The real reason that nonviolence is considered to be a virtue in Negroes—I am not speaking now of its racial value, another matter altogether—is that white men do not want their lives, their self-image, or their property threatened. One wishes they would say so more often.
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Now, there is simply no possibility of a real change in the Negro's situation without the most radical and far-reaching changes in the American political and social structure. And it is clear that white Americans are not simply unwilling to effect these changes; they are, in the main, so slothful have they become, unable even to envision them. It must be added that the Negro himself no longer believes in the good faith of white Americansif, indeed, he ever could have.
 
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Most of the Negroes I know do not believe that this immense concession [Brown vs the Board] would ever have been made if it had not been for the competition of the Cold War, and the fact that Africa was clearly liberating herself and therefore had, for political reasons, to be wooed by the descendants of her former masters. Had it been a matter of love or justice, the 1954 decision would surely have occurred sooner; were it not for the realities of power in this difficult era, it might very well not have occurred yet. This seems an extremely harsh way of stating the case—ungrateful, as it were—but the evidence that supports this way of stating it is not easily refuted. I myself do not think that it can be refuted at all. In any event, the sloppy and fatuous nature of American good will can never be relied upon to deal with hard problems.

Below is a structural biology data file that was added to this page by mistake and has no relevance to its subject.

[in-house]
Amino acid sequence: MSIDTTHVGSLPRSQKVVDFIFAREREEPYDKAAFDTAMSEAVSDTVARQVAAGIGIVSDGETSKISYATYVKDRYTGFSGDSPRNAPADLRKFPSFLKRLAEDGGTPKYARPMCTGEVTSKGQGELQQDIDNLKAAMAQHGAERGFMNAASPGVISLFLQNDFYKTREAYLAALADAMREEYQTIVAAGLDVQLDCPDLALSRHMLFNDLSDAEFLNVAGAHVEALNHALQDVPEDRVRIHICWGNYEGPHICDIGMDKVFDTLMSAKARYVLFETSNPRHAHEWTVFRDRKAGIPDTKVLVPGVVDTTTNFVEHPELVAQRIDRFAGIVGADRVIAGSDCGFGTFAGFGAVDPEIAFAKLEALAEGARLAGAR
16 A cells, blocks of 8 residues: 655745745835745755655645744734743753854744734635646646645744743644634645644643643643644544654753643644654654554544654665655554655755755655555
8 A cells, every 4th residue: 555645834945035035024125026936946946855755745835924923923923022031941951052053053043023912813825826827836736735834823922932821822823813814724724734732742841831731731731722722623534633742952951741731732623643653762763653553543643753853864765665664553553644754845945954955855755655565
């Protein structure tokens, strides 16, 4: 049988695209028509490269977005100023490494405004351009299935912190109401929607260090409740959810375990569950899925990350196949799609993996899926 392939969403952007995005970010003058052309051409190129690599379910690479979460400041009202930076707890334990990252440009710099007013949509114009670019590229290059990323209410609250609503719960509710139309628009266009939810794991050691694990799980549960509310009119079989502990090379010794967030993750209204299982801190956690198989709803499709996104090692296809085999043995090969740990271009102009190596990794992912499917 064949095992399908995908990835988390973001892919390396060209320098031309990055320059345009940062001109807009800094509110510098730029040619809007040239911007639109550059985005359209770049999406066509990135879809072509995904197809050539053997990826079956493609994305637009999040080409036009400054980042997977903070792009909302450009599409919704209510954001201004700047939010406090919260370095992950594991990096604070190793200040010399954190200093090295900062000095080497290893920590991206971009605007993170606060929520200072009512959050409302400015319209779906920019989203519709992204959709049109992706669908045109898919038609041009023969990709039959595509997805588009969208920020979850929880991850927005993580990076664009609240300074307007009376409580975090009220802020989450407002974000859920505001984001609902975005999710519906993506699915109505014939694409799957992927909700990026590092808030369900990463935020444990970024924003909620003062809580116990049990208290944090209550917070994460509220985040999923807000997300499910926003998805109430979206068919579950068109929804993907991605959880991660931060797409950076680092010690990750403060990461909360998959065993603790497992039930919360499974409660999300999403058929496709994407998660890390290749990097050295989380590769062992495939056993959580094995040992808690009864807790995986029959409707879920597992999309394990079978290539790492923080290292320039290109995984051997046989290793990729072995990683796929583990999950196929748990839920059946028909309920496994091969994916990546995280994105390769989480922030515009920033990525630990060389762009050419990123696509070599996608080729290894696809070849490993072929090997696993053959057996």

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I cannot accept the proposition that the four-hundred-year travail of the American Negro should result merely in his attainment of the present level of the American civilization. I am far from convinced that being released from the African witch doctor was worthwhile if I am now—in order to support the moral contradictions and the spiritual aridity of my life—expected to become dependent on the American psychiatrist. It is a bargain I refuse. The only thing white people have that black people need, or should want, is power—and no one holds power forever.